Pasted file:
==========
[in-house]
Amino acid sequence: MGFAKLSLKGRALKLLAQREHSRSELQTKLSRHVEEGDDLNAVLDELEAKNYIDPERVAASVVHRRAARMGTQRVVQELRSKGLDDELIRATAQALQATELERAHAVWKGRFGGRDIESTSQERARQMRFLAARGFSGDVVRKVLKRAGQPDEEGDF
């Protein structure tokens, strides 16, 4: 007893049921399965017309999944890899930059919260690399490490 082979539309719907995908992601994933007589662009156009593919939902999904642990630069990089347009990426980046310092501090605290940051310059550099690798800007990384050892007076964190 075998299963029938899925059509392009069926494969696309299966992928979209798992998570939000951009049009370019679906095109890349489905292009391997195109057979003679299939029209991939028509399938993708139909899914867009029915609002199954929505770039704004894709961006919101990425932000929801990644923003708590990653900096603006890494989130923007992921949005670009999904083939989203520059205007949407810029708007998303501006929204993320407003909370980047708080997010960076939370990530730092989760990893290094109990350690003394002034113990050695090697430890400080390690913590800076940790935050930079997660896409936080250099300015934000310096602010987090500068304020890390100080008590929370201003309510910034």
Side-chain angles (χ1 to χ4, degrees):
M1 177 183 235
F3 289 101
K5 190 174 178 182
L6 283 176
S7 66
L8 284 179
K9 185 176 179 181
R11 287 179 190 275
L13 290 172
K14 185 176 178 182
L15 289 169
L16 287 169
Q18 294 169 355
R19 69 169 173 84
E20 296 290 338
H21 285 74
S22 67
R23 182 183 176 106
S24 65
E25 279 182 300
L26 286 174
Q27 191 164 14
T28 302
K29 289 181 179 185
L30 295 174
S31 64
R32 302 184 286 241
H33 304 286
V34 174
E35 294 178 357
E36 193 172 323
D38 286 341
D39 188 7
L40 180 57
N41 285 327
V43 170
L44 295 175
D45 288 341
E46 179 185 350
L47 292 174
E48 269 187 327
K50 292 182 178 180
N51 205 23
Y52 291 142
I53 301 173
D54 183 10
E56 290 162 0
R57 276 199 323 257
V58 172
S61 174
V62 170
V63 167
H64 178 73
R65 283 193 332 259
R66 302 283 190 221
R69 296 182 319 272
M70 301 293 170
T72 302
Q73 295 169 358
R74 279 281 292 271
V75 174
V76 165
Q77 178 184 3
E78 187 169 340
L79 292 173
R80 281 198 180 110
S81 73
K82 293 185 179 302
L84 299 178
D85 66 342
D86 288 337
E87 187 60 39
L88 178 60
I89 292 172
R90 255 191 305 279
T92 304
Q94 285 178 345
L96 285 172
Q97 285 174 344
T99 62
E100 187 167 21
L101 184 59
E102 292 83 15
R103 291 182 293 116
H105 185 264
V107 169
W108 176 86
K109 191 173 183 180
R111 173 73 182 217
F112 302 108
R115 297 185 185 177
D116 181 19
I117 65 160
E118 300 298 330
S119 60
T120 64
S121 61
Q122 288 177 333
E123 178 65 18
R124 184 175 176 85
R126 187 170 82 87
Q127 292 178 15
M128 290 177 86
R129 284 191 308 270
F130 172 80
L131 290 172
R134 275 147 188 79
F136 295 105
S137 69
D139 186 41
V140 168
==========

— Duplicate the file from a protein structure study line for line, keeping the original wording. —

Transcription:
[in-house]
Amino acid sequence: MGFAKLSLKGRALKLLAQREHSRSELQTKLSRHVEEGDDLNAVLDELEAKNYIDPERVAASVVHRRAARMGTQRVVQELRSKGLDDELIRATAQALQATELERAHAVWKGRFGGRDIESTSQERARQMRFLAARGFSGDVVRKVLKRAGQPDEEGDF
């Protein structure tokens, strides 16, 4: 007893049921399965017309999944890899930059919260690399490490 082979539309719907995908992601994933007589662009156009593919939902999904642990630069990089347009990426980046310092501090605290940051310059550099690798800007990384050892007076964190 075998299963029938899925059509392009069926494969696309299966992928979209798992998570939000951009049009370019679906095109890349489905292009391997195109057979003679299939029209991939028509399938993708139909899914867009029915609002199954929505770039704004894709961006919101990425932000929801990644923003708590990653900096603006890494989130923007992921949005670009999904083939989203520059205007949407810029708007998303501006929204993320407003909370980047708080997010960076939370990530730092989760990893290094109990350690003394002034113990050695090697430890400080390690913590800076940790935050930079997660896409936080250099300015934000310096602010987090500068304020890390100080008590929370201003309510910034």
Side-chain angles (χ1 to χ4, degrees):
M1 177 183 235
F3 289 101
K5 190 174 178 182
L6 283 176
S7 66
L8 284 179
K9 185 176 179 181
R11 287 179 190 275
L13 290 172
K14 185 176 178 182
L15 289 169
L16 287 169
Q18 294 169 355
R19 69 169 173 84
E20 296 290 338
H21 285 74
S22 67
R23 182 183 176 106
S24 65
E25 279 182 300
L26 286 174
Q27 191 164 14
T28 302
K29 289 181 179 185
L30 295 174
S31 64
R32 302 184 286 241
H33 304 286
V34 174
E35 294 178 357
E36 193 172 323
D38 286 341
D39 188 7
L40 180 57
N41 285 327
V43 170
L44 295 175
D45 288 341
E46 179 185 350
L47 292 174
E48 269 187 327
K50 292 182 178 180
N51 205 23
Y52 291 142
I53 301 173
D54 183 10
E56 290 162 0
R57 276 199 323 257
V58 172
S61 174
V62 170
V63 167
H64 178 73
R65 283 193 332 259
R66 302 283 190 221
R69 296 182 319 272
M70 301 293 170
T72 302
Q73 295 169 358
R74 279 281 292 271
V75 174
V76 165
Q77 178 184 3
E78 187 169 340
L79 292 173
R80 281 198 180 110
S81 73
K82 293 185 179 302
L84 299 178
D85 66 342
D86 288 337
E87 187 60 39
L88 178 60
I89 292 172
R90 255 191 305 279
T92 304
Q94 285 178 345
L96 285 172
Q97 285 174 344
T99 62
E100 187 167 21
L101 184 59
E102 292 83 15
R103 291 182 293 116
H105 185 264
V107 169
W108 176 86
K109 191 173 183 180
R111 173 73 182 217
F112 302 108
R115 297 185 185 177
D116 181 19
I117 65 160
E118 300 298 330
S119 60
T120 64
S121 61
Q122 288 177 333
E123 178 65 18
R124 184 175 176 85
R126 187 170 82 87
Q127 292 178 15
M128 290 177 86
R129 284 191 308 270
F130 172 80
L131 290 172
R134 275 147 188 79
F136 295 105
S137 69
D139 186 41
V140 168